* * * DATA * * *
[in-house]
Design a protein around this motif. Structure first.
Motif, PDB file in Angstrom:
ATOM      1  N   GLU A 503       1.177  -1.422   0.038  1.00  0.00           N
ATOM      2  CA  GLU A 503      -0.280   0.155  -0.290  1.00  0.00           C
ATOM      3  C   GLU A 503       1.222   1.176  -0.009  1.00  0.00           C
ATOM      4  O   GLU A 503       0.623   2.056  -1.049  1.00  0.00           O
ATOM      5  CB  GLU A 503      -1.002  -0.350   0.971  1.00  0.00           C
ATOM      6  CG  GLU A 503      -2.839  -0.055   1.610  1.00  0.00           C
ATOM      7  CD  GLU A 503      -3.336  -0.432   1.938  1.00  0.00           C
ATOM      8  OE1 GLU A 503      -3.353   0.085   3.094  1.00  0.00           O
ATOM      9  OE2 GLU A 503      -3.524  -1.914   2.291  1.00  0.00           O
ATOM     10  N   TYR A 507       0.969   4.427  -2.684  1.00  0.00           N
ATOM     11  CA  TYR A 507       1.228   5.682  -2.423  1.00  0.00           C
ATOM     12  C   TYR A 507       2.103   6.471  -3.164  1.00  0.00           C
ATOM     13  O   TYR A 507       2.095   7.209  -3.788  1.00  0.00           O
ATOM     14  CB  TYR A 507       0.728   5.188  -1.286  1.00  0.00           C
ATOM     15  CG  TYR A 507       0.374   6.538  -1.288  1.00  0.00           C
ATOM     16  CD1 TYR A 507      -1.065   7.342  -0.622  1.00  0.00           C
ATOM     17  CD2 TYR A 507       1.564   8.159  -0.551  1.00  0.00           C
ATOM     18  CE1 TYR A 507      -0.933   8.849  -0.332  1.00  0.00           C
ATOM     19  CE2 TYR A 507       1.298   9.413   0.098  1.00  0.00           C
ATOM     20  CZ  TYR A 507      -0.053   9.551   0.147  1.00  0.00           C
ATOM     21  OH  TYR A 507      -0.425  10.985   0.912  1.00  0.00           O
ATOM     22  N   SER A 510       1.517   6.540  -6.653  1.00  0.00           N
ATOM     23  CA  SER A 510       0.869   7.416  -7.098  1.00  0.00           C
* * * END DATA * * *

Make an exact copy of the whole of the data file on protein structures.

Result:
[in-house]
Design a protein around this motif. Structure first.
Motif, PDB file in Angstrom:
ATOM      1  N   GLU A 503       1.177  -1.422   0.038  1.00  0.00           N
ATOM      2  CA  GLU A 503      -0.280   0.155  -0.290  1.00  0.00           C
ATOM      3  C   GLU A 503       1.222   1.176  -0.009  1.00  0.00           C
ATOM      4  O   GLU A 503       0.623   2.056  -1.049  1.00  0.00           O
ATOM      5  CB  GLU A 503      -1.002  -0.350   0.971  1.00  0.00           C
ATOM      6  CG  GLU A 503      -2.839  -0.055   1.610  1.00  0.00           C
ATOM      7  CD  GLU A 503      -3.336  -0.432   1.938  1.00  0.00           C
ATOM      8  OE1 GLU A 503      -3.353   0.085   3.094  1.00  0.00           O
ATOM      9  OE2 GLU A 503      -3.524  -1.914   2.291  1.00  0.00           O
ATOM     10  N   TYR A 507       0.969   4.427  -2.684  1.00  0.00           N
ATOM     11  CA  TYR A 507       1.228   5.682  -2.423  1.00  0.00           C
ATOM     12  C   TYR A 507       2.103   6.471  -3.164  1.00  0.00           C
ATOM     13  O   TYR A 507       2.095   7.209  -3.788  1.00  0.00           O
ATOM     14  CB  TYR A 507       0.728   5.188  -1.286  1.00  0.00           C
ATOM     15  CG  TYR A 507       0.374   6.538  -1.288  1.00  0.00           C
ATOM     16  CD1 TYR A 507      -1.065   7.342  -0.622  1.00  0.00           C
ATOM     17  CD2 TYR A 507       1.564   8.159  -0.551  1.00  0.00           C
ATOM     18  CE1 TYR A 507      -0.933   8.849  -0.332  1.00  0.00           C
ATOM     19  CE2 TYR A 507       1.298   9.413   0.098  1.00  0.00           C
ATOM     20  CZ  TYR A 507      -0.053   9.551   0.147  1.00  0.00           C
ATOM     21  OH  TYR A 507      -0.425  10.985   0.912  1.00  0.00           O
ATOM     22  N   SER A 510       1.517   6.540  -6.653  1.00  0.00           N
ATOM     23  CA  SER A 510       0.869   7.416  -7.098  1.00  0.00           C